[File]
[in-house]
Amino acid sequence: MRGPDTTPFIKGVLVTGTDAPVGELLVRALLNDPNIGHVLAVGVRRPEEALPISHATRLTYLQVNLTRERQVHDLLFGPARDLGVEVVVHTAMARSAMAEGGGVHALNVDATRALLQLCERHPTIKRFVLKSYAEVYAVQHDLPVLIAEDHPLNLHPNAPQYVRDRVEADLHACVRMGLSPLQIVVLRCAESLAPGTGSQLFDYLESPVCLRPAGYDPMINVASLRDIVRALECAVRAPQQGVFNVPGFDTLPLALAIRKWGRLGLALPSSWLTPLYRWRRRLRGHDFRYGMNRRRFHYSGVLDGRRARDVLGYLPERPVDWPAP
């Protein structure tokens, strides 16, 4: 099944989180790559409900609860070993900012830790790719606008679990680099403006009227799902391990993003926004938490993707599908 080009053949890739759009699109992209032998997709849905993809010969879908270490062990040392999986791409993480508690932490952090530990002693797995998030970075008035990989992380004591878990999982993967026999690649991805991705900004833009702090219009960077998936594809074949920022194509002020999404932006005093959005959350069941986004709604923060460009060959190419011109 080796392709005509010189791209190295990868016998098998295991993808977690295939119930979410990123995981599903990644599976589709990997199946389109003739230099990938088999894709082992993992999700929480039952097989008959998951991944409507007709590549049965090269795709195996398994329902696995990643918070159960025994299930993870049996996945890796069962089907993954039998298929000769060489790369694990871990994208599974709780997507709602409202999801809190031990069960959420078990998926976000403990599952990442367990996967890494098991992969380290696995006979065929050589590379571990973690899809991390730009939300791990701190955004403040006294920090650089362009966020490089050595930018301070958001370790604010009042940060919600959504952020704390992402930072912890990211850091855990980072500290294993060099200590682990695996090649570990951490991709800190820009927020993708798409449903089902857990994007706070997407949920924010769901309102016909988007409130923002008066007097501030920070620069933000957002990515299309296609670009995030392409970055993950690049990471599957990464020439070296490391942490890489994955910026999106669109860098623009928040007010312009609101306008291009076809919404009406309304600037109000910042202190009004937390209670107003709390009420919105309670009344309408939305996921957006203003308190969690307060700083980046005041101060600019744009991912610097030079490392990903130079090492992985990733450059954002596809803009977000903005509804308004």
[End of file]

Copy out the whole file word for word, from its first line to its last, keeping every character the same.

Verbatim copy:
[in-house]
Amino acid sequence: MRGPDTTPFIKGVLVTGTDAPVGELLVRALLNDPNIGHVLAVGVRRPEEALPISHATRLTYLQVNLTRERQVHDLLFGPARDLGVEVVVHTAMARSAMAEGGGVHALNVDATRALLQLCERHPTIKRFVLKSYAEVYAVQHDLPVLIAEDHPLNLHPNAPQYVRDRVEADLHACVRMGLSPLQIVVLRCAESLAPGTGSQLFDYLESPVCLRPAGYDPMINVASLRDIVRALECAVRAPQQGVFNVPGFDTLPLALAIRKWGRLGLALPSSWLTPLYRWRRRLRGHDFRYGMNRRRFHYSGVLDGRRARDVLGYLPERPVDWPAP
């Protein structure tokens, strides 16, 4: 099944989180790559409900609860070993900012830790790719606008679990680099403006009227799902391990993003926004938490993707599908 080009053949890739759009699109992209032998997709849905993809010969879908270490062990040392999986791409993480508690932490952090530990002693797995998030970075008035990989992380004591878990999982993967026999690649991805991705900004833009702090219009960077998936594809074949920022194509002020999404932006005093959005959350069941986004709604923060460009060959190419011109 080796392709005509010189791209190295990868016998098998295991993808977690295939119930979410990123995981599903990644599976589709990997199946389109003739230099990938088999894709082992993992999700929480039952097989008959998951991944409507007709590549049965090269795709195996398994329902696995990643918070159960025994299930993870049996996945890796069962089907993954039998298929000769060489790369694990871990994208599974709780997507709602409202999801809190031990069960959420078990998926976000403990599952990442367990996967890494098991992969380290696995006979065929050589590379571990973690899809991390730009939300791990701190955004403040006294920090650089362009966020490089050595930018301070958001370790604010009042940060919600959504952020704390992402930072912890990211850091855990980072500290294993060099200590682990695996090649570990951490991709800190820009927020993708798409449903089902857990994007706070997407949920924010769901309102016909988007409130923002008066007097501030920070620069933000957002990515299309296609670009995030392409970055993950690049990471599957990464020439070296490391942490890489994955910026999106669109860098623009928040007010312009609101306008291009076809919404009406309304600037109000910042202190009004937390209670107003709390009420919105309670009344309408939305996921957006203003308190969690307060700083980046005041101060600019744009991912610097030079490392990903130079090492992985990733450059954002596809803009977000903005509804308004």